by Joel K. Alderman, Yale 1951
The annual reference to one of college football’s greatest rivalries is once again being miscommunicated to the reading and listening sports public, as it reads in newspapers and hears on TV and radio all about “THE Game.” Those who say “THE Game” just don’t get it.
However, it really should be written and pronounced “The Game,” with equal emphasis (or, more accurately, equal de-emphasis) on each word, and, when spoken, delivered in a somewhat understated and matter-of-fact way.
It compares with suburbanites in places such as Westchester and Fairfield counties, or in the Hamptons, saying they are going to “the city.” In their way of thinking, there is really only one place that is worthy of those words. They certainly do not say “THE city.”
“The Game” is a tongue-in cheek spoof popularized sometime in the late 1940’s by Yale’s infamous and brilliant sports information director, Charles Loftus, a pioneer and innovator in the then developing field of college sports publicists. He came up with the idea of gracing his award winning programs with a cover photo, taken the previous spring, of the two uniformed captains. Instead of heading the glossy publications with simplistic terms such as “Yale-Harvard Game” or “Harvard vs. Yale,” he used the purposely arrogant and elitist title “The Game.” But it was all in satire and the practice was followed in alternate years by his counterpart at Harvard, Baron Pittenger.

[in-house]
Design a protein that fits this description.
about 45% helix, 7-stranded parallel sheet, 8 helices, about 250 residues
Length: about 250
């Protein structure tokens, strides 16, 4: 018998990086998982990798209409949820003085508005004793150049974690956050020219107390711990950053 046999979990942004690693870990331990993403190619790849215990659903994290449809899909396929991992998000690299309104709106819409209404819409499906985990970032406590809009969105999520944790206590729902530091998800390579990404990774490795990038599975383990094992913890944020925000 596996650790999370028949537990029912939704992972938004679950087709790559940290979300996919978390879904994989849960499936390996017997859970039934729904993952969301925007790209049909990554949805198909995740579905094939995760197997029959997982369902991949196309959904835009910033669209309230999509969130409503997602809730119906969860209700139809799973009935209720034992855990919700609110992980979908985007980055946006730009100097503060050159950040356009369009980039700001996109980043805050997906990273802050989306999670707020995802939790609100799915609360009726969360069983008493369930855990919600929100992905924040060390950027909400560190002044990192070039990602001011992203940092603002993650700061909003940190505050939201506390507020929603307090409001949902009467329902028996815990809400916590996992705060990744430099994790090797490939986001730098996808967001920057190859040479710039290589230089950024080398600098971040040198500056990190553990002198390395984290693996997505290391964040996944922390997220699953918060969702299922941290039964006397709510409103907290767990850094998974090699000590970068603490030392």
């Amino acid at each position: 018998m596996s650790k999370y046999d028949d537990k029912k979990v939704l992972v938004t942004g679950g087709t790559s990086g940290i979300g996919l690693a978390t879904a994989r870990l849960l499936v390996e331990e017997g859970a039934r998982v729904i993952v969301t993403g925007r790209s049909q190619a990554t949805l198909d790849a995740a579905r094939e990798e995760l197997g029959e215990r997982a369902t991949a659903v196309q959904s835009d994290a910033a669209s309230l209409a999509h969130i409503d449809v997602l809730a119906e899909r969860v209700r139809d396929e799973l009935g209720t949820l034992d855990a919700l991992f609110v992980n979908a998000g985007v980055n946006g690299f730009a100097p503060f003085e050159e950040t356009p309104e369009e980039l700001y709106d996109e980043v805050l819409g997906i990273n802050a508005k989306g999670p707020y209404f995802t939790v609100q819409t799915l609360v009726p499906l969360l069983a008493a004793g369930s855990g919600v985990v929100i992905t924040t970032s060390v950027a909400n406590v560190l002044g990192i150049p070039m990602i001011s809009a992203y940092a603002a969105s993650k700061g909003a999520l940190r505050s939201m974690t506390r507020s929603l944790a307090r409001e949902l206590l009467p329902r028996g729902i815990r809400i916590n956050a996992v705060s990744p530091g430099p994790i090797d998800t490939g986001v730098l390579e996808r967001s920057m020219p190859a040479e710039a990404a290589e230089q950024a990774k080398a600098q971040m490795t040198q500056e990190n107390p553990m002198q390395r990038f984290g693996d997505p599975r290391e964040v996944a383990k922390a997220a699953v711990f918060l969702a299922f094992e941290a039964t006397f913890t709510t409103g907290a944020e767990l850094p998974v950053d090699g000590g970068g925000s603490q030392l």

The point was (and still is) that to alumni and undergraduates this meeting of their football teams is an entity all to itself. After all, Charley explained many times, when Blues or Cantabs met in their Harvard or Yale Clubs, at reunions, or in their Madison Avenue or Wall Street offices, or similar places in Chicago, Washington, Houston, Los Angeles, etc., a question often was asked such as “Are you going to the game this year?” or “What do you think our chances are in the game?”
There was no doubt about what “the game” meant. It certainly was not Ohio State-Michigan, usually played the same day, or Army-Navy. Those rivalries were just Johnny-come-lately’s, not even worthy of being considered a game in its true sense.
And that’s the concept Charley was recognizing. Among Yale and Harvard people, there was just one game and none other. “The Game,” spoken with almost indifferent reverence, could only mean Yale-Harvard or, as it is known around Cambridge and Boston, Harvard-Yale.
It would be a contradiction to say or write “THE Game,” because that would imply there were other games as well. Such a concession simply could not be made. For there really were no other games, and no other college football teams, only pretenders.
Nobody ever believed all this line of reasoning, not even Charley Loftus. But it did sell a lot of his still unequaled football programs, and gave the rivalry even more prestige and identity than it already had.